Continuing yesterday’s conversation – if YHWH did not choose reveal scientific truths to the people of Israel that they would not have already known, and I’ve yet to come across a place where he does, why then do we assume Genesis 1 is a modern scientific account of creation?
Now, right away that question becomes problematic, or at least it seems to. It’s one thing for God to accommodate his speech to fit ancient ideas like thinking with your entrails, and quite another for him to fabricate an entire creation narrative that turns out to be misleading at best.
But what if it’s not a question of making Genesis 1 fit either Young Earth Creationism or Evolution?
What if the text is about something else altogether?
In The Lost World of Genesis One, John Walton makes what I find to be a quite convincing argument that we’ve imported an idea of creation into the text that was quite foreign to the ancient mind.
We, as good post-Platonic Westerners, are concerned with creation as material – the story of how there was no “stuff” and then God brought that stuff, that material, into existence.
In the Ancient Near East creation narratives were never about the creation of matter, but rather the creative act was a matter of bringing function and order to elements which were not serving their proper role. Case in point, the idea of “nonexistence” in Egyptian literature could be used to speak of the desert, which clearly exists in material terms but has not been given function or order in relation to the life of people or the gods.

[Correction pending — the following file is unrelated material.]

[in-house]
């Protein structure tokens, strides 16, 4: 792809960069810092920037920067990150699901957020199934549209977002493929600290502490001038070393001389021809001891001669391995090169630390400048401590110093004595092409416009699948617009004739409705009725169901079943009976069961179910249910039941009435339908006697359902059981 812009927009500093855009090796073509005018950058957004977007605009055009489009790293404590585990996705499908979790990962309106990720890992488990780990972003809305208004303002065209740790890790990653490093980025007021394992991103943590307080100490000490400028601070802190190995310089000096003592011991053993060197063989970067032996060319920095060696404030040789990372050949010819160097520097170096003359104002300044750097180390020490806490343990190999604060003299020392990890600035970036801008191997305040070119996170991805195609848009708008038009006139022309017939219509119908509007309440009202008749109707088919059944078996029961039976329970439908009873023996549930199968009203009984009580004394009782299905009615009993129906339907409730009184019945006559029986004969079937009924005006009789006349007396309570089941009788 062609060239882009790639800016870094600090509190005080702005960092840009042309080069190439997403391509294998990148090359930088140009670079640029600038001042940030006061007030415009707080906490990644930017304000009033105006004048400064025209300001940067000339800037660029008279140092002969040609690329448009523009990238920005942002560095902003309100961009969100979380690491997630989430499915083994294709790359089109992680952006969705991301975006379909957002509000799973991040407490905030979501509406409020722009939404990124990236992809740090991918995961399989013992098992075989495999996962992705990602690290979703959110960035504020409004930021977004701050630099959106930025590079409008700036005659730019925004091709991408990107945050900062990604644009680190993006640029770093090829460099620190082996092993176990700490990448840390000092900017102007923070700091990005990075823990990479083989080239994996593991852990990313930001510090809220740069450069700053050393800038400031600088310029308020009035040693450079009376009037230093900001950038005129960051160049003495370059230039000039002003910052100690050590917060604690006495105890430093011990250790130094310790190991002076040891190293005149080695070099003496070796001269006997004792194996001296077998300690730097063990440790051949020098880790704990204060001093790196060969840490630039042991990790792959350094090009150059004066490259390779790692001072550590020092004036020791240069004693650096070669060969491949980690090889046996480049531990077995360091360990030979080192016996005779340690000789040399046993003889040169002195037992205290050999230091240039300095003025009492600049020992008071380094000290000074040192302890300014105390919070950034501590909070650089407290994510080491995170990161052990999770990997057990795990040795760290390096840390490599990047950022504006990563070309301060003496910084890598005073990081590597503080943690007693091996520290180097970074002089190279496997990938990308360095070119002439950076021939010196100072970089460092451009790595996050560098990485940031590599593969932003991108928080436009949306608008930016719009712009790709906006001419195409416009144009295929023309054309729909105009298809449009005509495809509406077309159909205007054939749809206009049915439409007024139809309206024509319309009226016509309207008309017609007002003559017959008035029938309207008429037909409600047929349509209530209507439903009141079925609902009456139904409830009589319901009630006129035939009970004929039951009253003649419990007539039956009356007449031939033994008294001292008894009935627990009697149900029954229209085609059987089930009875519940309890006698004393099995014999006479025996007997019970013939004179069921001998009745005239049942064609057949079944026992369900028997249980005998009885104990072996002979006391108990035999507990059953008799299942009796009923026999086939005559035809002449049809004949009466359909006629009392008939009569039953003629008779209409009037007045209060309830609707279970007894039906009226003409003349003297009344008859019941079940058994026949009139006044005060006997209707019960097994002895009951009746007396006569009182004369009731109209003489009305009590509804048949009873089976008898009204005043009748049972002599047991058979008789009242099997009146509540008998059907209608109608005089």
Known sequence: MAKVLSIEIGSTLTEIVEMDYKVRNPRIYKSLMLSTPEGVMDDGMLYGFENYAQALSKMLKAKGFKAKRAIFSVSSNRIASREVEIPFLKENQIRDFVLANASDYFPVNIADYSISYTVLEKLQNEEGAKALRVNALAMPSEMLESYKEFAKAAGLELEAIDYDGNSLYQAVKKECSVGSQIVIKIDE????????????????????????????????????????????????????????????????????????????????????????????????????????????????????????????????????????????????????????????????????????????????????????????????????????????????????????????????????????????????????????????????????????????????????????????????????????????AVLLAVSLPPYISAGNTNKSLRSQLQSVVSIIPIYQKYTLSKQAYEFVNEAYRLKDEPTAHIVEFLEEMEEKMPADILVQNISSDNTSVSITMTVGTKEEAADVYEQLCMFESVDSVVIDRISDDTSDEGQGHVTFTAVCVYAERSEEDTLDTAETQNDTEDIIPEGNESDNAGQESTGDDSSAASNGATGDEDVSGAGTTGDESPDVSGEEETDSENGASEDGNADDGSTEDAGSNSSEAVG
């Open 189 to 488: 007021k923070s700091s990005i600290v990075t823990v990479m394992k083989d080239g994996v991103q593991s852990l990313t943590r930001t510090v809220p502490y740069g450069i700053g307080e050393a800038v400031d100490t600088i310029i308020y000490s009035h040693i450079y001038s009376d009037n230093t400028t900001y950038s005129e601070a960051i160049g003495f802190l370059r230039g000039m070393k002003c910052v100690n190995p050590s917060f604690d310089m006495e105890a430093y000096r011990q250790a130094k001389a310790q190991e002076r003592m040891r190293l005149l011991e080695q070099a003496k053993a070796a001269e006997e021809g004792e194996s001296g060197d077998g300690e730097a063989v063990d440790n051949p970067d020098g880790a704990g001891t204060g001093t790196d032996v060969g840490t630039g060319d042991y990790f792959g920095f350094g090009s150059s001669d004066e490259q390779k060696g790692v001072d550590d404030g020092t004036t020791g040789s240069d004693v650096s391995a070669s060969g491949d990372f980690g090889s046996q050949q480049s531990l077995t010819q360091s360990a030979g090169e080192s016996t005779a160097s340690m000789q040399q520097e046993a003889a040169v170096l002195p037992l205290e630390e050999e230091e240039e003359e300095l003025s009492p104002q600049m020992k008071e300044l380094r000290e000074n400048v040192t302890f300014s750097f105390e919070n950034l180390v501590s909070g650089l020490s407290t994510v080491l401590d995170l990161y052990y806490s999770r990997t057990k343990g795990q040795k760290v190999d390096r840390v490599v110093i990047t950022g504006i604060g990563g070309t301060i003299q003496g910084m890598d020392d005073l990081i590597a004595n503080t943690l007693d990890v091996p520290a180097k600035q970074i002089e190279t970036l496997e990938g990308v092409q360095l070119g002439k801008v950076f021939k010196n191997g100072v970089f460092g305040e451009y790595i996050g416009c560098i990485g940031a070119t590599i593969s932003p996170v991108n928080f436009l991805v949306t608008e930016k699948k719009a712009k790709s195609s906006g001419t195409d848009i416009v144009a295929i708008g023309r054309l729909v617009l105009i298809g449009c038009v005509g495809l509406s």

So the story of Genesis 1 becomes the story of how the ancient world went from “formless and void” to properly ordered and given function by the God who, at the end of the story, sits down to rest and rule in his newly inaugurated temple – the cosmos.
Of course, the question behind the question for many of us will be this: if Walton’s understanding of Genesis 1 is correct, and it’s not about the creation of material, is there any biblical reason not to take up the scientific account of material origins?